# Easy Linear Algebra Question

The question is: Suppose one has n×n square matrices X, Y and Z such that
XY = I and Y Z = I. Show that it follows that X = Z.

Now if this were XY and ZY, I would just say that:

XY=ZY -> XY-ZY=0 ->Y(X-Z)=0 -> X-Z=0 -> X=Z.

I am wondering that since the Y is on different sides of the Z and X this still holds? Thanks!

I don't think you can just pull the Y out like that.

If I recall correctly, if XY = I, then doesn't YX = I aswell? If this is true perhaps you could encorporate it into your proof somehow.

Actually I think I just figured it out.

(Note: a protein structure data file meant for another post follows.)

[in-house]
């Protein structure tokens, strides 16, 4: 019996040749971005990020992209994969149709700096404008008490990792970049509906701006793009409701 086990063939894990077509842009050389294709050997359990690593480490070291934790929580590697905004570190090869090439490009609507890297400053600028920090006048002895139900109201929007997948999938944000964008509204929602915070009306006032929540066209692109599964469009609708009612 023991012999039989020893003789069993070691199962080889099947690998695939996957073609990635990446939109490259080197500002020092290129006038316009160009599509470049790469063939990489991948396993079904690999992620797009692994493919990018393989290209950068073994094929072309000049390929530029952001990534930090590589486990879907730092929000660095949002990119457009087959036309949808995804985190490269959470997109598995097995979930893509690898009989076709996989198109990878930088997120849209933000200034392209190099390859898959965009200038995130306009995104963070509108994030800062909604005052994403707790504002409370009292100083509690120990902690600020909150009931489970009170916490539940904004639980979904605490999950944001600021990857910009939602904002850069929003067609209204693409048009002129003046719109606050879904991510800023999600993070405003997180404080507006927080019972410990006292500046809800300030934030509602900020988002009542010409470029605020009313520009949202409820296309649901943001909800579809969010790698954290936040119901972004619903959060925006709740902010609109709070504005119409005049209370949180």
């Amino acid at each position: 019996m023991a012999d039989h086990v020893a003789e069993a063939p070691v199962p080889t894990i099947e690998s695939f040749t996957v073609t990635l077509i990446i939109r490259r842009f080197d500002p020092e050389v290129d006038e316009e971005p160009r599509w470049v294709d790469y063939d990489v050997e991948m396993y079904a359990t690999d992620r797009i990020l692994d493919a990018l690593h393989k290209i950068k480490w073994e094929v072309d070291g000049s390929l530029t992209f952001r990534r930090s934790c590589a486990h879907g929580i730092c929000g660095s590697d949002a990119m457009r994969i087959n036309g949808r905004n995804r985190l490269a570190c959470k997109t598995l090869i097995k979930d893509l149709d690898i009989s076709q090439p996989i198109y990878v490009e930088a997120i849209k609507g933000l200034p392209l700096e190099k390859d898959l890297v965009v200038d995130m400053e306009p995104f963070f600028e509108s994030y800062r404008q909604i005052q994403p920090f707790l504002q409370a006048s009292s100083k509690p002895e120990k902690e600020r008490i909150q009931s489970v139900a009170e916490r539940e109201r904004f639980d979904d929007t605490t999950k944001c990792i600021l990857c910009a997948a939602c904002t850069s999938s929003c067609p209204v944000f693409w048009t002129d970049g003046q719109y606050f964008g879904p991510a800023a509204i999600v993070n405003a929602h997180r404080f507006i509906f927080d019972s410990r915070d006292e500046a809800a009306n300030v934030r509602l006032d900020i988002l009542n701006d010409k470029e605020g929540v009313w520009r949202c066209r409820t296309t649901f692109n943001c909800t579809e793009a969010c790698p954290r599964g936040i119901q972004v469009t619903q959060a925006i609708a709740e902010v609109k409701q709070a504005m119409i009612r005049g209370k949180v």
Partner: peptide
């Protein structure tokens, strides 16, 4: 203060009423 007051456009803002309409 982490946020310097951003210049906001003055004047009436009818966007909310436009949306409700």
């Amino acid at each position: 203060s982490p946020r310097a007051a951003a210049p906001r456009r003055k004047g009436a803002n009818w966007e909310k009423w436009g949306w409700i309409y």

X^-1 Y =X^-1 I -> Y=X^-1

then sub that in for Y in the other equation
X^-1 Z = I
XX^-1 Z = X
Z=X

mathwonk
Homework Helper
2020 Award
it goes like this: XY = I so XYZ = IZ = Z.

but YZ = I too, so XYZ = XI = X. so X = XYZ = Z.

the problem with your argument is that there is no X^-1 unless yoiu prove this problem.

but if yu are careful, yu can use the fact that X = the left inverse of Y and Z = the right inverse of Y.

Oh, I forgot the inverses don't always exist...it has been a bit since I have done and linear algebra work. Your solution makes perfect sense, thanks!